Uzumaki Kotanto

$5200

Full koshirae mount, crafted from materials as diverse as Model T fender brackets from the forest and wrought iron salvaged from the bottom of the sea.

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Description

Uzumaki means a spiral or whirlpool shape and refers to both the triple wave whirlpool shape of the bronze accent around the mekugi and the spiraling wrap of the gangi-maki handle. It also alludes to the cyclical nature of the history and journey of usefulness of the many materials reclaimed for its creation.

This tanto consists of sixteen individual parts that began as twenty two pieces, crafted from reclaimed items as diverse as Model T fender brackets from the forest and wrought iron salvaged from the bottom of the sea.

Materials for the koshirae include Model T fender brackets for the fuchi and kashira, a wrought iron timber bridge spike for the tsuba, a brass door plate for the seppa, and the double wrapping is reclaimed garment leather over shikagawa rawhide. The habaki was a heavy duty copper bus bar and the bronze mekugi collar is a component of some reclaimed vintage jewelery from the Congo, smelted with copper from a mine in Katanga province.

The construction of the fuchi and kashira are based on a higo style that used internal tapers and mechanical joints rather than solder for locking the parts together. The surface of the wrought iron tsuba has been patinated with several courses of controlled rusting, burnishing with antler, and boiling in tea to convert the red oxide to black iron oxide. It is finished by sealing with a thin layer of natural urushi lacquer.

The saya is coated with a worn mokume-egaki or negoro style finish of traditional urushi lacquer. Several layers of natural and then black are built up and then selectively polished away before the final fukiurushi finish to create the feeling of a piece that has been used and cared for over many years. The wrought iron for the kurikata was salvaged from the sea and shows layering and tekkotsu texture. The buffalo horn for the koiguchi and kojiri was reclaimed from Canadian tourist trinkets from the 1980’s and the inside face of the koiguchi has bronze dust highlights embedded in the urushi surface.

From start to finish, the mountings for this small tanto were created with hand tools using traditional techniques. The stages of the mounting process are detailed on the koshirae and saya process pages.

Forged from a worn harrow tooth at an outdoor arts demonstration in Qualicum Beach, the blade was shaped with files and polished by hand with water stones at various demonstrations and events in the area. Blade construction is muku with a shobu-zukuri profile and a low iori mune. The blade is just under 5.5″ long, overall length is just under 10″, and the overall length when sheathed is just over 11″.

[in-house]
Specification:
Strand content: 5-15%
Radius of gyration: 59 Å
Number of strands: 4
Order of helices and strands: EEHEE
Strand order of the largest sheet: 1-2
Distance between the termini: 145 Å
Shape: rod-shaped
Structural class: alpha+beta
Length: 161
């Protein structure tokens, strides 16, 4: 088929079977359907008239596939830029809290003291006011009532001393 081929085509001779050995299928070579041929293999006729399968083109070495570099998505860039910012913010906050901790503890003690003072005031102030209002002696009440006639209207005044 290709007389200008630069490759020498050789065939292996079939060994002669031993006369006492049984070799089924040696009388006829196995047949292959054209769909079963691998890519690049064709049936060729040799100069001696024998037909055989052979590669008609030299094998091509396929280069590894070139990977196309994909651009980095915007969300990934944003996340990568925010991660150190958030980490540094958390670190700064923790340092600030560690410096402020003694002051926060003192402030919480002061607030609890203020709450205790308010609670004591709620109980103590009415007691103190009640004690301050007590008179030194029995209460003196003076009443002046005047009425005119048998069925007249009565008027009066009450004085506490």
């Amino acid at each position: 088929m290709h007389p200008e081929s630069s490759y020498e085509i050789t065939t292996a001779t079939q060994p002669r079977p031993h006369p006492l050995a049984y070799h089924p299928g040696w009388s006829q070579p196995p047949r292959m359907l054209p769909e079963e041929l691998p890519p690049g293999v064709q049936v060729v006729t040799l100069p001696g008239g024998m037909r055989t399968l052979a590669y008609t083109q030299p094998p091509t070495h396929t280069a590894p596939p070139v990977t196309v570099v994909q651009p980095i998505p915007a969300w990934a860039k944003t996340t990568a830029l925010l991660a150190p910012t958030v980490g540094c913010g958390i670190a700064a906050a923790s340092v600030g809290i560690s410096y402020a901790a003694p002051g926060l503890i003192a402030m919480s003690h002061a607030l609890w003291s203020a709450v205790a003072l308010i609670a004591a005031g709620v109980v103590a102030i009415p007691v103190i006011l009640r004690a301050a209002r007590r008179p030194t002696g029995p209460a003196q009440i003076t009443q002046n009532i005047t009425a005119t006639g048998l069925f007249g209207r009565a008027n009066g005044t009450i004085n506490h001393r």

Specifications

Nagasa: 4 sun 6 bu (136mm)
Motohaba: 8 bu 2 rin (24.5mm)
Motokasane: 1 bu 8 rin (5.5mm)
Nakago: 2 sun 8 rin (63mm)

Construction: shobu-zukuri, iori-mune
Sori: straight/very slight uchizori
Hamon: suguha, hitatsura
Nakago: futsu, kuri-jiri, one mekugi-ana, signed near the tip
Mei: hot stamped Crossed Heart logo
Koshirae: chisagatana, issaku

Material: Reclaimed harrow tooth steel, copper bus bar, wrought iron bridge spikes, Model T fender brackets, brass door plate, Nootka Cypress, shikagawa, reclaimed garment leather, red Bamboo chopstick, reclaimed buffalo horn, vintage Congolese jewelery, urushi

This piece is in a private collection in Florida.

Island Blacksmith: Hand forged kotanto made from reclaimed and natural materials

Island Blacksmith: Hand forged kotanto made from reclaimed and natural materials

Island Blacksmith: Hand forged kotanto made from reclaimed and natural materials

Island Blacksmith: Hand forged kotanto made from reclaimed and natural materials

Island Blacksmith: Hand forged kotanto made from reclaimed and natural materials

Island Blacksmith: Hand forged kotanto made from reclaimed and natural materials

Island Blacksmith: Hand forged kotanto made from reclaimed and natural materials

Island Blacksmith: Hand forged kotanto made from reclaimed and natural materials


Process

Island Blacksmith: Hand forged kotanto made from reclaimed and natural materials
Setting the shobu-zukuri style bevels after forging the rough shape (outdoor demo, 2013).
Island Blacksmith: Hand forged kotanto made from reclaimed and natural materials
Forming the habaki (blade collar) from a reclaimed copper bus bar.
Island Blacksmith: Hand forged kotanto made from reclaimed and natural materials
Seppa from a reclaimed brass door plate.
Island Blacksmith: Hand forged kotanto made from reclaimed and natural materials
Tsuba from a wrought iron timber spike.
Island Blacksmith: Hand forged kotanto made from reclaimed and natural materials
Fuchi and kashira from reclaimed Model T fender brackets, found in the forest.
Island Blacksmith: Hand forged kotanto made from reclaimed and natural materials
Tsuka and saya carved from a scrap of Nootka Cypress.
Island Blacksmith: Hand forged kotanto made from reclaimed and natural materials
Reclaimed Canadian tourism souvenirs shaped into buffalo horn koiguchi and kojiri.
Island Blacksmith: Hand forged kotanto made from reclaimed and natural materials
Wrought iron spike from the sea forged into a kurikata.
Island Blacksmith: Hand forged kotanto made from reclaimed and natural materials
Polishing the traditional urushi lacquer finish with charcoal and water.

Island Blacksmith: Hand forged kotanto made from reclaimed and natural materials

Island Blacksmith: Hand forged kotanto made from reclaimed and natural materials

Detailed accounts of the various stages of the process are documented here:
Koshirae (Full Mounts), Saya (Scabbard)

3.03022 cm
= 0.1 shaku(尺)
= 1 sun(寸)
= 10 bu(分)
= 100 rin(厘)